Te Papa has transformed its learning programmes and space to create Hīnātore, a new learning lab.
Hīnātore’s learning programmes are designed for learners of all ages and are delivered through interactive public workshops, drop in sessions and school progammes.
Learning lab spokesman Miri Young says the lab is an inspiring space with a range of technologies that “allows us all to learn in completely new ways”.
Hīnātore is equipped with a virtual reality studio, studio, 3D printers, 3D scanners, touch tables, and telepresence technologies that enable learners to connect in real time with learners around the globe.
Te Papa’s collections, exhibitions and taonga are at the heart of Hīnātore’s learning programmes, allowing learners to experience anything from voyaging the Pacific in waka, to creating digital art in an immersive world.
“The focus is on learning and engaging with Te Papa’s taonga and collections, through this new and exciting technology,” says Ms Young. “It connects learners with one other, and with New Zealand’s scientific, arts and cultural collections and taonga.
“We’re building maker mindsets in learners of all ages, developing core competencies in collaboration, communication, creativity and critical thinking. It’s dynamic, hands-on Hīnātore (STEAM)-based learning.”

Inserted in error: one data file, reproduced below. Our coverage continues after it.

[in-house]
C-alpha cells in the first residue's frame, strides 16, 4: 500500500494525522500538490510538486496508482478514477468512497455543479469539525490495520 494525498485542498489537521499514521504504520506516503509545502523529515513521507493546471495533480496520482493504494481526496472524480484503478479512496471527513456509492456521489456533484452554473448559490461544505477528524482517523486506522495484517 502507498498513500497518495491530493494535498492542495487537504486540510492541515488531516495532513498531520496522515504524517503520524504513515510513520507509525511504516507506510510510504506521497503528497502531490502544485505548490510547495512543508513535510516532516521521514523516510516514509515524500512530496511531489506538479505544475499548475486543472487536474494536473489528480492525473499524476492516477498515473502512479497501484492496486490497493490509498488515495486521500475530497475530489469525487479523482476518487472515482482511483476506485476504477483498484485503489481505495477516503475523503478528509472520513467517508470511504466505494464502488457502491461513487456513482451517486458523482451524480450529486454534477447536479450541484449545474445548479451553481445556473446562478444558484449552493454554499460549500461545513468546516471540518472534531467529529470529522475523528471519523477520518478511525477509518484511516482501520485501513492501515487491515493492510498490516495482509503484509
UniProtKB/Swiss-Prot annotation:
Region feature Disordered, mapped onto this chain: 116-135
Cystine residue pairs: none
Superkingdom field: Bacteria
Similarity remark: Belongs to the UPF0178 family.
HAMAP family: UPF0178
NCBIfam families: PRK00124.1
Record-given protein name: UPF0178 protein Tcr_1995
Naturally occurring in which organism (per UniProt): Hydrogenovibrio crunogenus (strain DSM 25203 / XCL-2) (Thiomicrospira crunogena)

“New Zealanders learning about, creating with, and sharing our nation’s collections through new and emerging technology is what Hīnātore is all about. It was a great learning opportunity for students from both schools,” says Ms Young.
School groups unable to physically visit the national museum are able to participate on a virtual excursionExcursion using telepresence technology to explore Te Papa’s exhibitions remotely with an educator.
Māori for phosphorescence or luminescence, Hīnātore refers to a twinkling or glimmering in the dark. It symbolises the awakenings of understanding; the shimmering first lights of inspiration that mark the beginning of a learning journey.